Versatile Glazed Edamame

Glazed edamame
Patsy Catsos, MS, RDN, LD
Total Time 5 min
Prep 5 min, Cook 0 min
Yield 5 0.5-cup servings (121 cals)

Immature soybeans, picked and served green, are called edamame. They have been enjoyed for many years in Japan, Korea, China, and Hawaii, and are now readily available in U.S. grocery stores, in the frozen food section.

Edamame is usually eaten as finger food and can be served as a party snack or after school. Pick the edamame up by the stem end, put the whole thing in your mouth, suck out the beans, and discard the pods.

Ingredients

  • 12 ounces frozen edamame pods
  • 1 tablespoon toasted sesame oil
  • 1 teaspoon spicy sesame oil
  • 1 tablespoon peeled, grated ginger root
  • 1 tablespoon reduced sodium soy sauce
  • 1 tablespoon rice vinegar
  • 1 tablespoon packed light brown sugar
  • ¼ teaspoon crushed red pepper flakes

Preparation

  1. In a large saucepan, bring 2 quarts of water to a boil. Add the frozen edamame and return the pot to a boil. Reduce the heat and simmer for one minute. Pouring away from yourself to avoid the hot steam, drain the edamame pods into a colander and rinse them with cold water to stop the cooking.
  2. In a large skillet over medium-high heat, warm the oil. Add the ginger and sauté, stirring frequently, for 1 to 2 minutes, until the ginger begins to brown. Add the soy sauce, vinegar and brown sugar, and stir until the sugar is dissolved. Add the edamame. Reduce heat to medium and stir using a silicone spatula until the sauce caramelizes and reduces to form a glaze on the edamame pods. Scrape the sauce off the sides and bottom of the skillet periodically during the caramelization process. Sprinkle with red pepper flakes, if desired, and serve warm.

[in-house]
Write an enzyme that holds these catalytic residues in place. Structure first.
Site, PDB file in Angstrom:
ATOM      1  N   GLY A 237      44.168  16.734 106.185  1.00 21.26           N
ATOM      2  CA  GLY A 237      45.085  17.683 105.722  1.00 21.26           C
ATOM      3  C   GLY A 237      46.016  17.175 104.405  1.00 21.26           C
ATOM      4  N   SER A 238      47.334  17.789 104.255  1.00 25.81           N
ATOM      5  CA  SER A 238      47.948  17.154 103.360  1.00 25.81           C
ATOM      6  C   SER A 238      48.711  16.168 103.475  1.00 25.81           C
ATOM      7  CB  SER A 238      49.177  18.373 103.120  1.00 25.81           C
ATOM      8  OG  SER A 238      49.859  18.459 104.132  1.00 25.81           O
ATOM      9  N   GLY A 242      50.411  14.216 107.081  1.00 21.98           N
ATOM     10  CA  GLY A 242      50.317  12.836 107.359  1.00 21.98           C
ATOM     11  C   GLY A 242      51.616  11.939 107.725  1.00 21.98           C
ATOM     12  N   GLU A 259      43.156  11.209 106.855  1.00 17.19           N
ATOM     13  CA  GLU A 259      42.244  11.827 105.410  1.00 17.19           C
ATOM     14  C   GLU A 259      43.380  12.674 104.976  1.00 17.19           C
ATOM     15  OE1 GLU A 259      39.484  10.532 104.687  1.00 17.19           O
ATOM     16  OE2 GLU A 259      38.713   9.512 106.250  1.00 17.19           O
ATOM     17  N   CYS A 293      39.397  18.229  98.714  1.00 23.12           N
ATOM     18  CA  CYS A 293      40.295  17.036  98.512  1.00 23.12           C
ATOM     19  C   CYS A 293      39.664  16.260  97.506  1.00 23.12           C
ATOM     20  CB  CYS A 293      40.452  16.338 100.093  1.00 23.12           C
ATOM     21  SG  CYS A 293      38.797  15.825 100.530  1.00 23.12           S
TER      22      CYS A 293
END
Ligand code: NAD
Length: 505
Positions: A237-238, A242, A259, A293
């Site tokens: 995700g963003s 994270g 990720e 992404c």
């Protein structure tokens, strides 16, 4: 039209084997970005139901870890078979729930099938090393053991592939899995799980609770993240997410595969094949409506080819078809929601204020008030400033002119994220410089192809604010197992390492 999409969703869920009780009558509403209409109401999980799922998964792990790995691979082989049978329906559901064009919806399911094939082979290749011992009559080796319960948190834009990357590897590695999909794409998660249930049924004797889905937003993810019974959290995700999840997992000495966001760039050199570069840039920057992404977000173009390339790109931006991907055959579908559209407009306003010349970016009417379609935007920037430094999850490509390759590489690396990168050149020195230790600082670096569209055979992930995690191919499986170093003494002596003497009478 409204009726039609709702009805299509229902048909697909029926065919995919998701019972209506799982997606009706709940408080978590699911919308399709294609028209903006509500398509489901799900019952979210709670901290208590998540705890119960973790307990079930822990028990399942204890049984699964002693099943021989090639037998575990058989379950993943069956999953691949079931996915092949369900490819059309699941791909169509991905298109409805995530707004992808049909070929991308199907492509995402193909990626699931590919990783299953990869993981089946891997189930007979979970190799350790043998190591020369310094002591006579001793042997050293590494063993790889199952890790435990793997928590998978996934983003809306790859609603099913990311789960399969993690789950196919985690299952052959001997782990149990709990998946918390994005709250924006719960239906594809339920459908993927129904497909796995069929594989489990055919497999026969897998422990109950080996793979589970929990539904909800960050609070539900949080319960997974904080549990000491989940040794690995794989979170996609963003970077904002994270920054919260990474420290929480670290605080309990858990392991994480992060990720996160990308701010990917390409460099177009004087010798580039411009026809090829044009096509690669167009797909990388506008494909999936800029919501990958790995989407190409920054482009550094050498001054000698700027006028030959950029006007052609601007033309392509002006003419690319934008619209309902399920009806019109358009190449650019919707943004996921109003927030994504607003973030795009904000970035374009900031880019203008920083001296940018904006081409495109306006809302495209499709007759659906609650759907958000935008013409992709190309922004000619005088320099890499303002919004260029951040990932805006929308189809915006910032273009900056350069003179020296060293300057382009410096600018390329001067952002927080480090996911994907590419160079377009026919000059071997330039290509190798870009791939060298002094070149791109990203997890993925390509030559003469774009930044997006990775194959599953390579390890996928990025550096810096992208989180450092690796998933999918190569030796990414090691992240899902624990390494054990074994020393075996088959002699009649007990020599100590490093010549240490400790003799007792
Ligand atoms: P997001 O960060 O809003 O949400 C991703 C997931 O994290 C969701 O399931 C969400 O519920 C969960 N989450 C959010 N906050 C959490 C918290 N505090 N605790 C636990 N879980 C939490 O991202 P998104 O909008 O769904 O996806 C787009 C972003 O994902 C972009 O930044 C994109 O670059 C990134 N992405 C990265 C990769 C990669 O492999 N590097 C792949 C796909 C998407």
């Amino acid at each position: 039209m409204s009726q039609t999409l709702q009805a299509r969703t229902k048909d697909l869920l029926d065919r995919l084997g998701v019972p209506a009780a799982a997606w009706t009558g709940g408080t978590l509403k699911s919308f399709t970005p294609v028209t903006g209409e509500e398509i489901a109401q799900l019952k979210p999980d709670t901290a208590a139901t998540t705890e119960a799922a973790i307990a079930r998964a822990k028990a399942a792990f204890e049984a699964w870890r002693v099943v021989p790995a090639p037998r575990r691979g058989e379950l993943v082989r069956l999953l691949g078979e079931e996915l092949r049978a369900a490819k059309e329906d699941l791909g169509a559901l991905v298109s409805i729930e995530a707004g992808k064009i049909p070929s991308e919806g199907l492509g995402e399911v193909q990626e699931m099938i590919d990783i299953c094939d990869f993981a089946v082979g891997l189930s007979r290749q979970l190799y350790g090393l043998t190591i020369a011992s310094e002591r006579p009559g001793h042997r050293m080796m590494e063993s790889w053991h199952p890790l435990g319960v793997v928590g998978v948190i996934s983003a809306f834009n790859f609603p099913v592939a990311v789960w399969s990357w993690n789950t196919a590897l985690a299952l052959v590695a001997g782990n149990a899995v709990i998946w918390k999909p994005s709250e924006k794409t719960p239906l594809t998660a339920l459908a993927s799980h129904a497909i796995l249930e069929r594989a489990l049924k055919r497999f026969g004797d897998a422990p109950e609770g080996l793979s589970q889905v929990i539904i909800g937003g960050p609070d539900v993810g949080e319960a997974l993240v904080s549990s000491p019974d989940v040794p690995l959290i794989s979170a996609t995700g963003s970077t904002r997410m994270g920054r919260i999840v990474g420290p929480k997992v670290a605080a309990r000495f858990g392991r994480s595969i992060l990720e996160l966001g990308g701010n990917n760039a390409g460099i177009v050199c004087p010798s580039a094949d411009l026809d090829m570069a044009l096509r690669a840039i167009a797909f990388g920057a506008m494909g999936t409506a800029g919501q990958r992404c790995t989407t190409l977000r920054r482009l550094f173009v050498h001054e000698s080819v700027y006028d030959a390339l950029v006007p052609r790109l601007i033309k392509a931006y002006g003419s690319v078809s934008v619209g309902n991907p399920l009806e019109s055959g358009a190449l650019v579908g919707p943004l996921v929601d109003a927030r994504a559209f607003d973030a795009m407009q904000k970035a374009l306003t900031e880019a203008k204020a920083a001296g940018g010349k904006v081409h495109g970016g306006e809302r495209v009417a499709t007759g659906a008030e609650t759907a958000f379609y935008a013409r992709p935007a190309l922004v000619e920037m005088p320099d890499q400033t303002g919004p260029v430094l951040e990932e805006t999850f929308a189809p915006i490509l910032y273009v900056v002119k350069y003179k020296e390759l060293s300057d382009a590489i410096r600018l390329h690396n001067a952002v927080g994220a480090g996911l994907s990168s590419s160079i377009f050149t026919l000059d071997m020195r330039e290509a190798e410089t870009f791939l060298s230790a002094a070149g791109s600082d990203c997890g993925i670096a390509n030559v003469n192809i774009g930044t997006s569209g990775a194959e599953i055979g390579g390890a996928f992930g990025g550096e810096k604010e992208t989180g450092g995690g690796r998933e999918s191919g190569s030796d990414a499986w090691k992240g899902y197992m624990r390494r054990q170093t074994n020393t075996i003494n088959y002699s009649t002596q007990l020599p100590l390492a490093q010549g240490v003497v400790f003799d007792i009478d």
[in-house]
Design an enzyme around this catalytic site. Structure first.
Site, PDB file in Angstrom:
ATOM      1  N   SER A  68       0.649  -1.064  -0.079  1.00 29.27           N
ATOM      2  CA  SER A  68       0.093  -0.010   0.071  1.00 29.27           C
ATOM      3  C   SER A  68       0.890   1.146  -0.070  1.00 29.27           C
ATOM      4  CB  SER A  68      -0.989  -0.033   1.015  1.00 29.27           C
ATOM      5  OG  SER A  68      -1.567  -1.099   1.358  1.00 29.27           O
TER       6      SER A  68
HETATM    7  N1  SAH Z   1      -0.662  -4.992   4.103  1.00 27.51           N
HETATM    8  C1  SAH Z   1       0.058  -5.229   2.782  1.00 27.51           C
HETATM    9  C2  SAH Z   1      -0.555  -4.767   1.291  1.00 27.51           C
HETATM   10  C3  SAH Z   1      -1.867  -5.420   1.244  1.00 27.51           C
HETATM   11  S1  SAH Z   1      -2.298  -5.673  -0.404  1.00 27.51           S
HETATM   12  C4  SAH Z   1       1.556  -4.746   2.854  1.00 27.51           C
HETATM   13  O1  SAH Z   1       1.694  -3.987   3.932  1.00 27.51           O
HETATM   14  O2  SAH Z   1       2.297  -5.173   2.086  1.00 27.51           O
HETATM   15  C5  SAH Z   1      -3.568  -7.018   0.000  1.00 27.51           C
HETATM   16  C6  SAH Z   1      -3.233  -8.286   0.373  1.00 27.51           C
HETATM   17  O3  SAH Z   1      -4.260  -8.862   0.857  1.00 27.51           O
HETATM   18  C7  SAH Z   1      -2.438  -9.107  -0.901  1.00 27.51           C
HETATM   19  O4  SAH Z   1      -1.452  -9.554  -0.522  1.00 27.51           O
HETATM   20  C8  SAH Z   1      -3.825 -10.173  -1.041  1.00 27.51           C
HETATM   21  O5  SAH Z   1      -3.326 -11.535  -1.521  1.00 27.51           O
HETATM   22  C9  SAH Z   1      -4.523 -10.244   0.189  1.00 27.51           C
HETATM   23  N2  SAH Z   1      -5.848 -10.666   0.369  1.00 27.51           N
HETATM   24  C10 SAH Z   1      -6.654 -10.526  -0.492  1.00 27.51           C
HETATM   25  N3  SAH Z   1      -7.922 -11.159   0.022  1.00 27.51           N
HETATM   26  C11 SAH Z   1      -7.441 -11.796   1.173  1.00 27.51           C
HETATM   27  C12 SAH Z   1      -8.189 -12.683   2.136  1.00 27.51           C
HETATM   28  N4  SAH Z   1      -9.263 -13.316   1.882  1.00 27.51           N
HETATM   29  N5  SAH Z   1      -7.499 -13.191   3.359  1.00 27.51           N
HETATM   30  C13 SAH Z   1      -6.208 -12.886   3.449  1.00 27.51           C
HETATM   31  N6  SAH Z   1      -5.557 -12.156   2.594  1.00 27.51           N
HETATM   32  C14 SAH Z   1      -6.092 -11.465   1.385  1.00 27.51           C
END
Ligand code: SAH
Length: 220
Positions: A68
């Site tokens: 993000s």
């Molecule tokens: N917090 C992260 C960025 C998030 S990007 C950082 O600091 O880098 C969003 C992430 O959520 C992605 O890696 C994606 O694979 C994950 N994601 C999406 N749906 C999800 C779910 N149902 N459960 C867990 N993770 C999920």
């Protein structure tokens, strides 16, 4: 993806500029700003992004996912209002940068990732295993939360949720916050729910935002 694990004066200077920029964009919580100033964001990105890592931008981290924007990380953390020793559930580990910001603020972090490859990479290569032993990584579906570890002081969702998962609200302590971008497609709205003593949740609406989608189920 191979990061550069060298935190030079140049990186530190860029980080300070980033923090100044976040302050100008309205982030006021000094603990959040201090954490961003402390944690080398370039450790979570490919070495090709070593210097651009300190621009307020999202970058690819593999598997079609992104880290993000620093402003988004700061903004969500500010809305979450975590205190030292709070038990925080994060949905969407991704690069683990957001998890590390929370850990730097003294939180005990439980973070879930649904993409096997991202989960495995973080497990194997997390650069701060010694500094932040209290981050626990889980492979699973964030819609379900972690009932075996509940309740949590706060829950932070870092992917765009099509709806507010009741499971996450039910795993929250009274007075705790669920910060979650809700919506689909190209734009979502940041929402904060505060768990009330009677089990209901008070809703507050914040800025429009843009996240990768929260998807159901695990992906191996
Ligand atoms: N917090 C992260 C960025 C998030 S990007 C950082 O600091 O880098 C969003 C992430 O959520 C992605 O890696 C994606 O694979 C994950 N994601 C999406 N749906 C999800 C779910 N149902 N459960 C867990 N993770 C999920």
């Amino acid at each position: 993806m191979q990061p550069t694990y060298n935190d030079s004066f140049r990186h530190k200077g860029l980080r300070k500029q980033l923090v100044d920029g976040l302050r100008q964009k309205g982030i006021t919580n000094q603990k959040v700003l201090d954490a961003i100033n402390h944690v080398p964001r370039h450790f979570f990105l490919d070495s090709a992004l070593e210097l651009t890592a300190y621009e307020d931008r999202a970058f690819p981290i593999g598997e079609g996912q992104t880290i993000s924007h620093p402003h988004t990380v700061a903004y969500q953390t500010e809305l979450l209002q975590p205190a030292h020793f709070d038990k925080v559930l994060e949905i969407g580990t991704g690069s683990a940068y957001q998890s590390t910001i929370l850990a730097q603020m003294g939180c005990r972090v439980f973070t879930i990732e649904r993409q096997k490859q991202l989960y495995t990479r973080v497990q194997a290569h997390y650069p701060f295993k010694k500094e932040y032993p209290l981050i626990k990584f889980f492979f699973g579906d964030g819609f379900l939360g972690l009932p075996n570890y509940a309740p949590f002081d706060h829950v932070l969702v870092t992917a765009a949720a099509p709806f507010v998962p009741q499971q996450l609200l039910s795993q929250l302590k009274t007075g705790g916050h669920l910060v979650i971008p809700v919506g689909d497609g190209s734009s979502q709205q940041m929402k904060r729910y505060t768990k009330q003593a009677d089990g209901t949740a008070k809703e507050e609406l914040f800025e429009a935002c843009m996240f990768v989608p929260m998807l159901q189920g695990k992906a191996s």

Variations and Substitutions

    Vary the proportions of toasted to spicy sesame oil to suit your own palate.

    To make this recipe gluten-free, use gluten-free soy sauce or gluten-free tamari.

    Cooking and Serving Tips

    Don't skimp on the boiling water. If you don't use enough boiling water to cook the edamame pods, it will take too long to return to a boil, the timing will be off, and the pods will be overcooked by the time they have boiled for 1 minute.

    Fresh ginger and sesame oil are low-FODMAP kitchen secret weapons. Small bottles of sesame oil are available at most grocery stores. Read the label carefully. "Plain" sesame oil may be described as toasted; it is a dark brown color. Spicy sesame oil is reddish in color and is, as advertised, hot stuff. A little goes a long way, so store sesame oil in the refrigerator after opening so it will stay fresh between uses.

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